Microsoft Research Asia interns help friends from afar
Bruno, an intern from Cornell University, and his friend Hao, a Chinese intern at Microsoft Research AsiaBruno, an intern from Cornell University, and his friend Hao, a Chinese intern at Microsoft Research Asia 

Many of our overseas interns have never before been to China. They soon discover that they have an invaluable resource in their Chinese peers—who help them adjust to a different culture, make friends, and learn about China’s rich 1,000-year history and traditions.

 

Helping overseas interns adapt to new culture

...thanks to Hao, I made friends quickly, got to know my new environment, and was rapidly assimilated into work on Microsoft Research Asia’s research.

— Bruno, a Cornell University student and intern at Microsoft Research Asia

Each year, Microsoft Research Asia’s internship program welcomes more than 150 interns from all over the world. Walking the corridors of Microsoft Research Asia, one hears conversations in a number of different languages. Despite individual differences, there is one consistent thread. For each intern, coming to Microsoft Research Asia offers more than the chance to improve research skills; it also offers the chance to deepen their understanding of China, one of the world’s fastest-growing and most dynamic economies.

Unfortunately, the interns’ impressive list of skills and knowledge generally does not include the ability to speak Chinese. As a result, the sprawling Beijing Capital International Airport, a complicated subway map, accommodation check-in, and Chinese telephone and banking systems can be difficult to navigate. Add to that culture shock and a very different local diet, and most feel an initial disorientation as they adjust to daily life and participation in research.

In response, the Microsoft Research Asia Intern Mutual-Aid Society, an internal volunteer program supported by the Beijing internship program, provides one-on-one help so our overseas interns can quickly adapt to their new surroundings, while giving our Chinese interns access to new friends and broadened horizons.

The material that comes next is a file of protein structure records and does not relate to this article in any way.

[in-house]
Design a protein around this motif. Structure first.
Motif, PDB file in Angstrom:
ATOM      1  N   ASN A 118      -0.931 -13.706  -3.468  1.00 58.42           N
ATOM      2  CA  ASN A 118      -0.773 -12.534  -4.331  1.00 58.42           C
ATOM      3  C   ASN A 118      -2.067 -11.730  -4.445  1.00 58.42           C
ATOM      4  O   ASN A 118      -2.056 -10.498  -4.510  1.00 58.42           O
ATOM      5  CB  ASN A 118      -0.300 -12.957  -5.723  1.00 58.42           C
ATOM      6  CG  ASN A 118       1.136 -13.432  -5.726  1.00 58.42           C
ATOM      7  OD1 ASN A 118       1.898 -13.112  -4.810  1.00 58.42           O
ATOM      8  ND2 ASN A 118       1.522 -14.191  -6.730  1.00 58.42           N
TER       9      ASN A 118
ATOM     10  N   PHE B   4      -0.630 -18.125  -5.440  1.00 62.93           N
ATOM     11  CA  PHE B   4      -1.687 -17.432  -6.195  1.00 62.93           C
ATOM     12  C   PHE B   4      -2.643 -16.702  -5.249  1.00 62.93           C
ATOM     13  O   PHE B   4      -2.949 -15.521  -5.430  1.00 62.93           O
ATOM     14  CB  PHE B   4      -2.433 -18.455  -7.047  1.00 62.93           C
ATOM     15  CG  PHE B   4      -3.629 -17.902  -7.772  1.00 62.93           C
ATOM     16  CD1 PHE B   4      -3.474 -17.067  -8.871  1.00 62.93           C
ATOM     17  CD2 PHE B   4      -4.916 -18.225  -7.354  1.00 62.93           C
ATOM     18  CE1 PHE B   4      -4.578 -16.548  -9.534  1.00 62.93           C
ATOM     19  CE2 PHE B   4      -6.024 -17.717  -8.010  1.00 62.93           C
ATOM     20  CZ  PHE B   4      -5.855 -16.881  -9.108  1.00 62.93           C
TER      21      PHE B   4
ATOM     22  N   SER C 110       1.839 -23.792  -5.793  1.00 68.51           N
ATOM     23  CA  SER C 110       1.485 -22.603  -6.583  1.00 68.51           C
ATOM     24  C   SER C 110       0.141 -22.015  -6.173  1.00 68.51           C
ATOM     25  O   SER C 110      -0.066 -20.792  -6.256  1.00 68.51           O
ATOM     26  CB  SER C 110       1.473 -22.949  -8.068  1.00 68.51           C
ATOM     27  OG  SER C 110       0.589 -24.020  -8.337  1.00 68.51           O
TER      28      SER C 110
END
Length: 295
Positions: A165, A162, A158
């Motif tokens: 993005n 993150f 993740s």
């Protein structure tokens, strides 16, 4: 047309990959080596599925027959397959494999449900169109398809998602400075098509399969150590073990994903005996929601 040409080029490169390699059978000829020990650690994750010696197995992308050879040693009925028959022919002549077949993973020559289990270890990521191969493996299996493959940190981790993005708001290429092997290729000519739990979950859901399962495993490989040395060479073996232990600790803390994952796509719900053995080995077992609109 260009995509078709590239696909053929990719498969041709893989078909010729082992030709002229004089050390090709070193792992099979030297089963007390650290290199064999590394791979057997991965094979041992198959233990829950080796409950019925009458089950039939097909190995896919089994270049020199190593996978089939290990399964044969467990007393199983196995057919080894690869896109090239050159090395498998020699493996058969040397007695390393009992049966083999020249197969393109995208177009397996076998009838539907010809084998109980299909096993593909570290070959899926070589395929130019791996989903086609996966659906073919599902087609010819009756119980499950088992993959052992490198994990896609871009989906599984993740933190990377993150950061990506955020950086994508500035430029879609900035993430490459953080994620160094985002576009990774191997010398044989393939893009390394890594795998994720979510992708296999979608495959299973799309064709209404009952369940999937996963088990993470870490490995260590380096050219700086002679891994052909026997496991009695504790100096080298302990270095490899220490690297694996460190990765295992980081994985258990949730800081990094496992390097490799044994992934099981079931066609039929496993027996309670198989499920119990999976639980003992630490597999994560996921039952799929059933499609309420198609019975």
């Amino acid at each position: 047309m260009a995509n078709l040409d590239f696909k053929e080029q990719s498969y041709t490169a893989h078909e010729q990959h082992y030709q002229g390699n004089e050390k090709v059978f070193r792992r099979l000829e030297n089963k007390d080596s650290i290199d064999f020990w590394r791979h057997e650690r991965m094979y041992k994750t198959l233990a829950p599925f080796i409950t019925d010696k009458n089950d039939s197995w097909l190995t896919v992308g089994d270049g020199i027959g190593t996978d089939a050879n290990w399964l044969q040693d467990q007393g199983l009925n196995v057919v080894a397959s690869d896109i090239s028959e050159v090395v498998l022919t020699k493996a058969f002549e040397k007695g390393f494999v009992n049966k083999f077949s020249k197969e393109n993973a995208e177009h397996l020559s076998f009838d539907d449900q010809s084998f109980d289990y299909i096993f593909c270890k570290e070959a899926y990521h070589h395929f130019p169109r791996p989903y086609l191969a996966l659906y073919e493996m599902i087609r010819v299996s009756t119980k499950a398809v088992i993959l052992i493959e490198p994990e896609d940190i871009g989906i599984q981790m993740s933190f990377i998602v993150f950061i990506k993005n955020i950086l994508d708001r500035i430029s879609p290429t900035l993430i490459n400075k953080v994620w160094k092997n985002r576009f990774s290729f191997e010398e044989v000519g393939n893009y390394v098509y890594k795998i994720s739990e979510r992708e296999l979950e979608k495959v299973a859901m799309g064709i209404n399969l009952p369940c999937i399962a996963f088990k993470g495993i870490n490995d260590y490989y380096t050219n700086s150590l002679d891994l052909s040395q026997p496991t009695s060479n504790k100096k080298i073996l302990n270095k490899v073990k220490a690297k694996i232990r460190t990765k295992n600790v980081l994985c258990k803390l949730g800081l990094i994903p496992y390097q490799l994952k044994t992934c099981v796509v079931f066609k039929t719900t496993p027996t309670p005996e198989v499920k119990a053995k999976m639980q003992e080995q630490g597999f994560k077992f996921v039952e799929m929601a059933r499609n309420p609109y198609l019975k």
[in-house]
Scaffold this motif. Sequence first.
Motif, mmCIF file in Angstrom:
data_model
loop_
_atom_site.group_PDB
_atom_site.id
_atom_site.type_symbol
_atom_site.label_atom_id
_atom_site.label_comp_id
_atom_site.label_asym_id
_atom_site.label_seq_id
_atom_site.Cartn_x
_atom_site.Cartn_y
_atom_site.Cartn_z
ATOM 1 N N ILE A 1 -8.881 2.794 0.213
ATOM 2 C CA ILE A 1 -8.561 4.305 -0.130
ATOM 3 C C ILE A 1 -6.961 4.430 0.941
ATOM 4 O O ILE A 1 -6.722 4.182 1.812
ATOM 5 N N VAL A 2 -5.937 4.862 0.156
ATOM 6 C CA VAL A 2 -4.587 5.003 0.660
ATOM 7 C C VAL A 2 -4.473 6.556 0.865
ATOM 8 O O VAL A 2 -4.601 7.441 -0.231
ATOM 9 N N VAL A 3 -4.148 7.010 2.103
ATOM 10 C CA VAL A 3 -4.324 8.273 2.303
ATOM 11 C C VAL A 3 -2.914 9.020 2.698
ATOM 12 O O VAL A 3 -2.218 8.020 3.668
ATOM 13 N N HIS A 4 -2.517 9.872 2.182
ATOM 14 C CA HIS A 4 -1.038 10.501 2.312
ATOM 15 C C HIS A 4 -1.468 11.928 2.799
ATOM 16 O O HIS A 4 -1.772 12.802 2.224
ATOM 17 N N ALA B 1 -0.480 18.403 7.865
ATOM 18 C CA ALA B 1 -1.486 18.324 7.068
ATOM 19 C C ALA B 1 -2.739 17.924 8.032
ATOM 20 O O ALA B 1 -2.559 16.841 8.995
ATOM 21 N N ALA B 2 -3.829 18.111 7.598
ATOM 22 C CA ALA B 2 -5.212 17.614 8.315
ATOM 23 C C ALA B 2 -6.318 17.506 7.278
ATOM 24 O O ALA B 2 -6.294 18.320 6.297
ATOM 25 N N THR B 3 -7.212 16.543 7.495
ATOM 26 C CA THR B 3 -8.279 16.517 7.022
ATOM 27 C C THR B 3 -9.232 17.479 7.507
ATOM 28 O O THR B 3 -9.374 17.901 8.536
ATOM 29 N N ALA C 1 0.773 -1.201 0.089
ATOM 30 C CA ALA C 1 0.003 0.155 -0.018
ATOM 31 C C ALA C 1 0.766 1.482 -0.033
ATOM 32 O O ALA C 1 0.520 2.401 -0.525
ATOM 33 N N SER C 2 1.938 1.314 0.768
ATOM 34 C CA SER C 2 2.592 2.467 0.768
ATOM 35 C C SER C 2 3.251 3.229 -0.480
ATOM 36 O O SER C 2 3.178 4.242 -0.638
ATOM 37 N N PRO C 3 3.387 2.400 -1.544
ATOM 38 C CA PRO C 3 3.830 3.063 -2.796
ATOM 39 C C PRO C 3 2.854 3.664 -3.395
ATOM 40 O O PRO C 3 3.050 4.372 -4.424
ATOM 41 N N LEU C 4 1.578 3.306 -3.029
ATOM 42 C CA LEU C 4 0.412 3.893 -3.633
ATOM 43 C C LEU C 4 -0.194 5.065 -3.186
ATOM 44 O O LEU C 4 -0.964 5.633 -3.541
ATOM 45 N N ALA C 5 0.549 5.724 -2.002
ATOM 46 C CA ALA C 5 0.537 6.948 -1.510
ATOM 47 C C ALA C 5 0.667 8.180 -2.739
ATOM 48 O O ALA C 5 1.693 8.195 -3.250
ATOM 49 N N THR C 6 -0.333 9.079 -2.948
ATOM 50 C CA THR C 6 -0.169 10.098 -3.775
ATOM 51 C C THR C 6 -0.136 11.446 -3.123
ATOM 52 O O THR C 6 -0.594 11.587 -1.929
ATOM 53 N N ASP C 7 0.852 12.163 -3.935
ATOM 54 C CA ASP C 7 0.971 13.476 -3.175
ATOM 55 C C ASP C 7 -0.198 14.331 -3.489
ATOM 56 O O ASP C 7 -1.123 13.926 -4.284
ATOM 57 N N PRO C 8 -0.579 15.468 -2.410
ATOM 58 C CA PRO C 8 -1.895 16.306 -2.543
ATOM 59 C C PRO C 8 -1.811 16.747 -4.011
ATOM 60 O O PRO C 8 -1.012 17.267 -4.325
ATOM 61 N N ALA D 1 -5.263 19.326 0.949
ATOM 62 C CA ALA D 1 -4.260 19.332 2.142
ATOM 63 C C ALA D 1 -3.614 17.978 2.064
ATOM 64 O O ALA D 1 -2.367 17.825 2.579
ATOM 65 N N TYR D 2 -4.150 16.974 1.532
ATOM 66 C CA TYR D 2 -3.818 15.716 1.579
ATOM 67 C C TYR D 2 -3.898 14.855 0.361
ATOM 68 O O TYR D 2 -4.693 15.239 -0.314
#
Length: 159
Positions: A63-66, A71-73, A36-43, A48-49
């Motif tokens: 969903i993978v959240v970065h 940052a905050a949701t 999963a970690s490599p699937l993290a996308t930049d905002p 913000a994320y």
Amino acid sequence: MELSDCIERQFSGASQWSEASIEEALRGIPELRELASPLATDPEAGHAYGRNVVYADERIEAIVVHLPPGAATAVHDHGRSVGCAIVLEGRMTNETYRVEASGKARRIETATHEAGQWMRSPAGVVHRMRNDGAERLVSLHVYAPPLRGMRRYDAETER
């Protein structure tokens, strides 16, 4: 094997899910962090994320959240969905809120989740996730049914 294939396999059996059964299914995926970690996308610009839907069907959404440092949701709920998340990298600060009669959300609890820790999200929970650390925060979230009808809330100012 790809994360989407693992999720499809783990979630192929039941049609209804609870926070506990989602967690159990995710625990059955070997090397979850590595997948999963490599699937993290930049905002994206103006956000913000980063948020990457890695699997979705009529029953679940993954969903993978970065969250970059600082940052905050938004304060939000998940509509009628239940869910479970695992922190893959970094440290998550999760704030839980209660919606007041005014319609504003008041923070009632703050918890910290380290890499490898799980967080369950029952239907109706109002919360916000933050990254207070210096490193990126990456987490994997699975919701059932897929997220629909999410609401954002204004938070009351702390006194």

The result is an enriching, meaningful exchange—and one that can be life changing.

A search for the right door opened others

The program came about as the direct result of Hong Zhang’s experience with a US intern. Zhang is a senior researcher in the Human-Computer Interaction group.

“Last year, an American intern joined my research group and I was concerned that he wouldn’t be able to find his way around Beijing. So I picked him up from the airport and took him to his apartment. But once we got there, he and I searched for a long time without being able to find the entrance. We spent a lot of time dealing with this one complication,” Zhang said. “It reminded me that a lot of overseas interns come to Microsoft Research Asia each year, and they must meet with similar stressful situations.”

The Microsoft Research Asia Intern Mutual-Aid Society kick-off meetingThe Microsoft Research Asia Intern Mutual-Aid Society kick-off meeting

Helping overseas interns quickly adjust to life in Beijing has become a favorite cause of Zhang’s. She relates it to the adjustments her children had to make when they transferred from an American school to one in China. The Chinese school provided a volunteer to guide them through the huge differences in school, friends, and culture. She asked herself, why not create a voluntary organization to do the same for Microsoft Research Asia’s overseas interns?